“Like many children placed in foster care, it was not easy for us to keep in touch, but we did, and our relationship has endured as adults,” Cornell wrote on his Facebook page last year.

Struggling with addiction, Cornell’s mother gave him up for adoption at age 8. Luckily for Cornell, he was placed for a while with a woman named Stella Mae Carmichael, who was 65 at the time and cared for hundreds of foster children in her lifetime.

(His last contact with his birth mother came in 2001, but Cornell said they have since lost touch.)

Today, he acknowledges those who encouraged him as a foster child – mothers and fathers, teachers, mentors – and helped him learn about life. Cornell bounced from home to home until he was adopted at age 14 by Randy Stubbs, the baseball coach at Edmonds-Woodway High School and campus supervisor at Woodinville High School.

Cornell went on to become the student-body president at Woodinville High. But he eventually found himself without a family again.

“Three weeks before graduation at Woodinville High, my father committed suicide,” Cornell said. (Stubbs hanged himself in an equipment shack at the old Edmonds High School.) “I had so many struggles as a kid. But I also had wonderful people who gave me so much. I want to honor the sacrifice of all people who believed in me.”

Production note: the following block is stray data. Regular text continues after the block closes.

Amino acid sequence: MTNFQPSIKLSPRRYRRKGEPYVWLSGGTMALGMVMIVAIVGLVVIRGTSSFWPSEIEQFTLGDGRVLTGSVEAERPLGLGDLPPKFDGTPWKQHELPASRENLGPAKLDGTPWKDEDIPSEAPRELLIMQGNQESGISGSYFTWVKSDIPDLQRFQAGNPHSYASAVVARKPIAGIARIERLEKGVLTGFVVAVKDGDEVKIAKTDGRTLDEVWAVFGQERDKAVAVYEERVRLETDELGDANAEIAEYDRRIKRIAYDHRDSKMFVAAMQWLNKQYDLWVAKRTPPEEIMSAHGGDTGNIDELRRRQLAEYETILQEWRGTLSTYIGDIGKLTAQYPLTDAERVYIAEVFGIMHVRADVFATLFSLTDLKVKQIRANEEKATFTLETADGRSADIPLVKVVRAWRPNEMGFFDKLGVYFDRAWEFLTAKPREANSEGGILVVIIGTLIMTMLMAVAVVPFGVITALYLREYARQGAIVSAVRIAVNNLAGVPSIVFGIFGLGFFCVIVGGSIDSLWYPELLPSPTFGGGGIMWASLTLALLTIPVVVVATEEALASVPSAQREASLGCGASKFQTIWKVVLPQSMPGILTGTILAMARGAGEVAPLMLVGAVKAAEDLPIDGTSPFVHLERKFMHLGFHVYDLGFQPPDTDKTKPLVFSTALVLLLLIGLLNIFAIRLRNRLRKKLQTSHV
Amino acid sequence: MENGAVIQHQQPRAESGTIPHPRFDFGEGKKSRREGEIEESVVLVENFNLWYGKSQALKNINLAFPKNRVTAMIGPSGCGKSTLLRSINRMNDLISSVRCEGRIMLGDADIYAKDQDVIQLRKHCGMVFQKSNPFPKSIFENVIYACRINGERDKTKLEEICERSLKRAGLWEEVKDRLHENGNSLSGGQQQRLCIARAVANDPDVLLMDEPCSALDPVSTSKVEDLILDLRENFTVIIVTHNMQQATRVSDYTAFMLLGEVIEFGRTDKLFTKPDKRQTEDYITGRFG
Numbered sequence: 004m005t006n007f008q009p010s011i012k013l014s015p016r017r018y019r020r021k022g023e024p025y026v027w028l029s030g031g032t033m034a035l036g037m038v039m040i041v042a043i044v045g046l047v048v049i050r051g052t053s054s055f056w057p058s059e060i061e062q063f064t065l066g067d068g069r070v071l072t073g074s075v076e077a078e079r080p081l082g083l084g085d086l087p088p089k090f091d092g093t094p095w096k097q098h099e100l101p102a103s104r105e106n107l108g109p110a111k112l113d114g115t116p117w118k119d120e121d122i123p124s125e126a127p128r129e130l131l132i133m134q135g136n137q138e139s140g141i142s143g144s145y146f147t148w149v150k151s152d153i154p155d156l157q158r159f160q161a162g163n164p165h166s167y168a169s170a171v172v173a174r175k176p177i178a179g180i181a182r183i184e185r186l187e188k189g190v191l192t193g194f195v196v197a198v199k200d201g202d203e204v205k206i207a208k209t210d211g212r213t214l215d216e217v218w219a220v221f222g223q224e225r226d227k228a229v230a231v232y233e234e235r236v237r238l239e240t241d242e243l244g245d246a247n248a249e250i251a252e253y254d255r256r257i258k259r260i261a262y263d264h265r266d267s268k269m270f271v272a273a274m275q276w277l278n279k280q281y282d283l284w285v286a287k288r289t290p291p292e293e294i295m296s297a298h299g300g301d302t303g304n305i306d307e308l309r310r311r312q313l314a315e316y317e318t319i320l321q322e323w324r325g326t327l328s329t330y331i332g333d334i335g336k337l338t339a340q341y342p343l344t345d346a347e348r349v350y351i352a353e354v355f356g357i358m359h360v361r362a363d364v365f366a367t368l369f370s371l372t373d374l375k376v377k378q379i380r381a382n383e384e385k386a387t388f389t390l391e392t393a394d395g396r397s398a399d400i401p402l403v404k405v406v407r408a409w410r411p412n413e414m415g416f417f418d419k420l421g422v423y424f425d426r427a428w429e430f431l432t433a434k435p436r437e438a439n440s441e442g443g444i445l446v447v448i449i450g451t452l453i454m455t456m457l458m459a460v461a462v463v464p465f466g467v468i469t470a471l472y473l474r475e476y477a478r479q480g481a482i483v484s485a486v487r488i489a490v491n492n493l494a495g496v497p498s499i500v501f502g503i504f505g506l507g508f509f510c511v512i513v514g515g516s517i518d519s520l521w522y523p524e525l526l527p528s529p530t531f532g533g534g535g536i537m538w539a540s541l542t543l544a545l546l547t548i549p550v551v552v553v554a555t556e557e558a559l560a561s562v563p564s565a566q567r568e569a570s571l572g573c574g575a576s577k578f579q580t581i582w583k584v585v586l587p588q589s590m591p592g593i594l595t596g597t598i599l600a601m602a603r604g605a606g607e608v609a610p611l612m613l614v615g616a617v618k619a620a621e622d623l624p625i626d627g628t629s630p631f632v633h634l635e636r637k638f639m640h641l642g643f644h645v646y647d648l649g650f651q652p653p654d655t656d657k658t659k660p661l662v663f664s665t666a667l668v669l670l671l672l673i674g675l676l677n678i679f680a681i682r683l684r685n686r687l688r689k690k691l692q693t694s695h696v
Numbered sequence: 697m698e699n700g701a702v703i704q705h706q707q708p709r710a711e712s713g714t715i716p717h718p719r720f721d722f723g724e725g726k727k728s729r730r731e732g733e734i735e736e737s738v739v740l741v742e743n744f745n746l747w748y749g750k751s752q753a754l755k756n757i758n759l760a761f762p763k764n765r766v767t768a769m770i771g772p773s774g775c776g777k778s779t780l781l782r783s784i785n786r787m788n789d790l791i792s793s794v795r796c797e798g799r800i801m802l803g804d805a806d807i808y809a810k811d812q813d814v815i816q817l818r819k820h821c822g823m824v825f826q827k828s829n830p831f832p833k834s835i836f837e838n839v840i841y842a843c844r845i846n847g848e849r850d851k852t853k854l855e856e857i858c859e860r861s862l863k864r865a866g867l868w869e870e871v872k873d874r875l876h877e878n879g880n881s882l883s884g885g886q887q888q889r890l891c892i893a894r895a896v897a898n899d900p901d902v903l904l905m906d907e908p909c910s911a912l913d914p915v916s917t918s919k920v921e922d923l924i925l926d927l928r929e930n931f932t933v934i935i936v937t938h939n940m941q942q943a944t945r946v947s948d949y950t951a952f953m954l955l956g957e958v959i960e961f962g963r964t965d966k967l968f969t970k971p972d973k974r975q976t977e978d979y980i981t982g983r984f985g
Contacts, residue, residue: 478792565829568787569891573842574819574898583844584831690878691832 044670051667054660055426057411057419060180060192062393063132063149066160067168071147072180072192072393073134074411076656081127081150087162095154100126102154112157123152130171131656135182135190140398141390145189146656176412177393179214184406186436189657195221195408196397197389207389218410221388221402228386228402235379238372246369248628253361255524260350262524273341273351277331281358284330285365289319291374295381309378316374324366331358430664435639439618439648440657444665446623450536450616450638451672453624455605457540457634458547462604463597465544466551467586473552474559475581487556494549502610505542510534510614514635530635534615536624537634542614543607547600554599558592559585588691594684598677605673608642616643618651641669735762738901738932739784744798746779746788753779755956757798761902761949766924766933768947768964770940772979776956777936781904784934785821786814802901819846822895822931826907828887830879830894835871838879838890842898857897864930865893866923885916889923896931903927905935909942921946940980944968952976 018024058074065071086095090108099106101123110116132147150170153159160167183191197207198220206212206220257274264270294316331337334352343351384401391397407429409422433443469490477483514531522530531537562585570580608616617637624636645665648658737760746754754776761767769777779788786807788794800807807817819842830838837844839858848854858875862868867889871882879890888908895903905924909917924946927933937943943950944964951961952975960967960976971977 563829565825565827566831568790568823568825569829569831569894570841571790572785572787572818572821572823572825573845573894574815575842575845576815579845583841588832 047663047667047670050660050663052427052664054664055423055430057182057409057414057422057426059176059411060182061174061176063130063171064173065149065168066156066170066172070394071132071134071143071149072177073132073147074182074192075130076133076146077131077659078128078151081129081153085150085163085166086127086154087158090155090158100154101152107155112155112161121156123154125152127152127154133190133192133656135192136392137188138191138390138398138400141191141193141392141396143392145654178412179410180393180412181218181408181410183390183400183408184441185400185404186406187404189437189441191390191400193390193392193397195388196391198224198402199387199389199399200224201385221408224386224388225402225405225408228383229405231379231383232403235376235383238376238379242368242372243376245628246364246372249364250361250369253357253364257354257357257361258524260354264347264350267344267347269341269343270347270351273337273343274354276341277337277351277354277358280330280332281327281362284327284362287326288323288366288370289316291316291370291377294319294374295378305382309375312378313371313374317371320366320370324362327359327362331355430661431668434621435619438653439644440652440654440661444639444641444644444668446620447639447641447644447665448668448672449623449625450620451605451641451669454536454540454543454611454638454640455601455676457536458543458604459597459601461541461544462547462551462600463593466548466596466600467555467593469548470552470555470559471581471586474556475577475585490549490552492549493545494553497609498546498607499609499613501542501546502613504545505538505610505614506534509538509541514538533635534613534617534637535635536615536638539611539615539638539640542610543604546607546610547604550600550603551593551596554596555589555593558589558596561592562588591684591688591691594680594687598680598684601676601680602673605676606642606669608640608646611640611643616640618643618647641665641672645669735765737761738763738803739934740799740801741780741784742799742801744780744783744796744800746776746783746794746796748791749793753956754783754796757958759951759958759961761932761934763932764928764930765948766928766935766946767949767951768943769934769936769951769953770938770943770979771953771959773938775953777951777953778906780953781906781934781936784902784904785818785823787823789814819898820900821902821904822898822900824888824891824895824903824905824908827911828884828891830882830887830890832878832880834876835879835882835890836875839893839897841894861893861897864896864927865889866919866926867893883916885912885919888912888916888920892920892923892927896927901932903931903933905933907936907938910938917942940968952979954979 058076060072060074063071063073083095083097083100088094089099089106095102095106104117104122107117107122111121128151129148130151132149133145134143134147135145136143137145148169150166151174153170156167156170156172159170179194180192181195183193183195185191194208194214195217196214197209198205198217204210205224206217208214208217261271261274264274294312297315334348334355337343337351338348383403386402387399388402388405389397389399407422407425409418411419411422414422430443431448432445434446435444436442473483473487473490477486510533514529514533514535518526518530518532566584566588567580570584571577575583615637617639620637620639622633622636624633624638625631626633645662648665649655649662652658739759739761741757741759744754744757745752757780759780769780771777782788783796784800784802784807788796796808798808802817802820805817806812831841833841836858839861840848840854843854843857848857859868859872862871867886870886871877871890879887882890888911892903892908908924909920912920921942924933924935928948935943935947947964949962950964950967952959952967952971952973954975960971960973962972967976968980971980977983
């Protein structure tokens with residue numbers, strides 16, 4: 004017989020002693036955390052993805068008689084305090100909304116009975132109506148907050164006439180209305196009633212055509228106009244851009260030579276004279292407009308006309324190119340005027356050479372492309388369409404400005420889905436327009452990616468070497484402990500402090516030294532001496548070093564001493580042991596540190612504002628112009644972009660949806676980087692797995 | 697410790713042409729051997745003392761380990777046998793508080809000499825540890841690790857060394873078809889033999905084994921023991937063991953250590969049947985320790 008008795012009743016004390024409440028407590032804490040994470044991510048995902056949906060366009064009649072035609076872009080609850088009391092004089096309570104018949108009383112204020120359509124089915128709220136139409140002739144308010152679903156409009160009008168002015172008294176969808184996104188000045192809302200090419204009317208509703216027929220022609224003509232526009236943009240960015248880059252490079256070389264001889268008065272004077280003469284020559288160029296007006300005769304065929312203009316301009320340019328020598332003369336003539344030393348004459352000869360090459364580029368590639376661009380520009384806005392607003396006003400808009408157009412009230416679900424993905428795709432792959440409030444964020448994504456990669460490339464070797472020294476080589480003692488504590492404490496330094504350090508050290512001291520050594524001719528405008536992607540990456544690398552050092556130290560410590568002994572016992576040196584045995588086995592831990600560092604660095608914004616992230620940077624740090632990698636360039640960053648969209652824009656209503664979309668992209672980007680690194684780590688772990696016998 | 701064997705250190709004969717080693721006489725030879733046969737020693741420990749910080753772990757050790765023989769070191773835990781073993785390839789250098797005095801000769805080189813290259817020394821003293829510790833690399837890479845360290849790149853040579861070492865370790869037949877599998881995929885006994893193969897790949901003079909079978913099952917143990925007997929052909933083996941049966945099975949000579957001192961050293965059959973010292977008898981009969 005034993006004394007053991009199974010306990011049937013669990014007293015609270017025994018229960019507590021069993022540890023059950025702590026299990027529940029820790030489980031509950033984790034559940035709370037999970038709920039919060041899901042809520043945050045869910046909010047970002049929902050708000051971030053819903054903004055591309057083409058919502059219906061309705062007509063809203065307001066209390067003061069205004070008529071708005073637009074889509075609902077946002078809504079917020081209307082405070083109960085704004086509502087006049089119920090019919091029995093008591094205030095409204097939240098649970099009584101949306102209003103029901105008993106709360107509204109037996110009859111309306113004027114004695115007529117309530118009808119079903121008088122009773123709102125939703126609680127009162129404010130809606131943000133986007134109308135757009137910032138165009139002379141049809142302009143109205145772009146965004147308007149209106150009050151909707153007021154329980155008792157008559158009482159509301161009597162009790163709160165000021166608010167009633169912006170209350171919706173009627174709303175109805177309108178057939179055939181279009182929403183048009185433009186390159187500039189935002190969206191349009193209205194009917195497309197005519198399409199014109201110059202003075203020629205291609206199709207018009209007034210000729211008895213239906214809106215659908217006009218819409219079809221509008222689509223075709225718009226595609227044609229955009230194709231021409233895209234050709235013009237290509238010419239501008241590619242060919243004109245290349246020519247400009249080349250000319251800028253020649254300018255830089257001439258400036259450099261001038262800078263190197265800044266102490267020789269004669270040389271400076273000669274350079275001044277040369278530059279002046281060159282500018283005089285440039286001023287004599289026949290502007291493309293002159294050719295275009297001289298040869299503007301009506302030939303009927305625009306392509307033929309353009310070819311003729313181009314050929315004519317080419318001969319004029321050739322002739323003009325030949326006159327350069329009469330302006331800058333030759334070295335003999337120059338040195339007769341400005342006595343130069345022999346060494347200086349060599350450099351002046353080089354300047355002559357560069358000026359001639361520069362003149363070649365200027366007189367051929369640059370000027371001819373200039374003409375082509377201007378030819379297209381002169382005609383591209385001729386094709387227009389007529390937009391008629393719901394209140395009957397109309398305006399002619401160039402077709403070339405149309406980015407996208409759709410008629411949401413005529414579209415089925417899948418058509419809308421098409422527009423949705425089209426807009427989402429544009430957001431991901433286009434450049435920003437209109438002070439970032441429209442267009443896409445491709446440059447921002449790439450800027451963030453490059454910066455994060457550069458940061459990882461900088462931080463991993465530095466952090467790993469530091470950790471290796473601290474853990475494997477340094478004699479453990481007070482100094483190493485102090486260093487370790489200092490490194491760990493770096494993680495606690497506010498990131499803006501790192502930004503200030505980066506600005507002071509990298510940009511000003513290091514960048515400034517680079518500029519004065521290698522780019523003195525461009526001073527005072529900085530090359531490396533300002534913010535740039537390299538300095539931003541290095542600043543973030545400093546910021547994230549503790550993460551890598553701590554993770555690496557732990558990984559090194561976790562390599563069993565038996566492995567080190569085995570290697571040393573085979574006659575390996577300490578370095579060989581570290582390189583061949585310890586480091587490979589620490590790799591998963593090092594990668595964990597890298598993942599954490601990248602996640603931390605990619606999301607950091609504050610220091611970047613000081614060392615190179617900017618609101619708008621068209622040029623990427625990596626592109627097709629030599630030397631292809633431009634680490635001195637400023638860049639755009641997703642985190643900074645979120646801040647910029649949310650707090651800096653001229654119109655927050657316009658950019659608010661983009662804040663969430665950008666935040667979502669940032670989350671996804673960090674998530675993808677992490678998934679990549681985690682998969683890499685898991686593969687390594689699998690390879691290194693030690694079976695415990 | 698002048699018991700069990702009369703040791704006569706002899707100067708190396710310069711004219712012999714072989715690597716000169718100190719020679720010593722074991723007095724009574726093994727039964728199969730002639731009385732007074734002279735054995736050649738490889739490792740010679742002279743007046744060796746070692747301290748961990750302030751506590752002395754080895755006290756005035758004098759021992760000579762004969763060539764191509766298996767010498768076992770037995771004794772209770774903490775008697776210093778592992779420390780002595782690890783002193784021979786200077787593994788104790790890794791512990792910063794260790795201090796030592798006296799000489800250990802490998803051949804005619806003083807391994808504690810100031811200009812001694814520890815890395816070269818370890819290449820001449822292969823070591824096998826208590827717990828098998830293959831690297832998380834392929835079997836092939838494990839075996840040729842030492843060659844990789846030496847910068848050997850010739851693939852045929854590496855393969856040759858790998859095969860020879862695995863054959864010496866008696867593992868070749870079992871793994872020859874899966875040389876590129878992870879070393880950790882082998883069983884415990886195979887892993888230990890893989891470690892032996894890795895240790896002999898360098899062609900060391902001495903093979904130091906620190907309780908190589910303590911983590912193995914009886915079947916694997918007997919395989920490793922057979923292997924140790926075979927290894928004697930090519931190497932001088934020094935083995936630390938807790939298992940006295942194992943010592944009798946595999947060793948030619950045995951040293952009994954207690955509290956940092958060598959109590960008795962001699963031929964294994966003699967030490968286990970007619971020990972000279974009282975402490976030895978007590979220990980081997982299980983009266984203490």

Cornell graduated magna cum laude and earned a degree in government from Georgetown University in Washington, D.C., in 1995. He then joined the Peace Corps and served in Georgetown, Guyana.

Cornell then earned a law degree in 2001 from Lewis & Clark Law School College in Portland; he was selected by faculty to join the school’s honor society.

Cornell’s entry into Snohomish County law came in 2001 when he became a judicial clerk for Snohomish County Superior Court Judge Ellen Fair.

It didn’t take long for Cornell to become a deputy prosecuting attorney, a position he held from 2002 through 2018. During that time, he also was on loan to the U.S. Attorney’s Office in Seattle as a special assistant attorney, prosecuting federal drug trafficking, firearms, and financial crimes.

During his tenure at the prosecutor’s office, Cornell was integral to not only prosecuting some of the highest profile criminal cases, but also to expanding alternative justice programs, especially those aimed at helping people suffering mental illness and addiction crises receive treatment instead of costly and ineffective incarceration.

Cornell said he views these types of alternative sentencing and treatment programs as critical not only for improving criminal justice, but also for reducing low-level property crimes connected to the opioid epidemic, the latter being one of his priorities.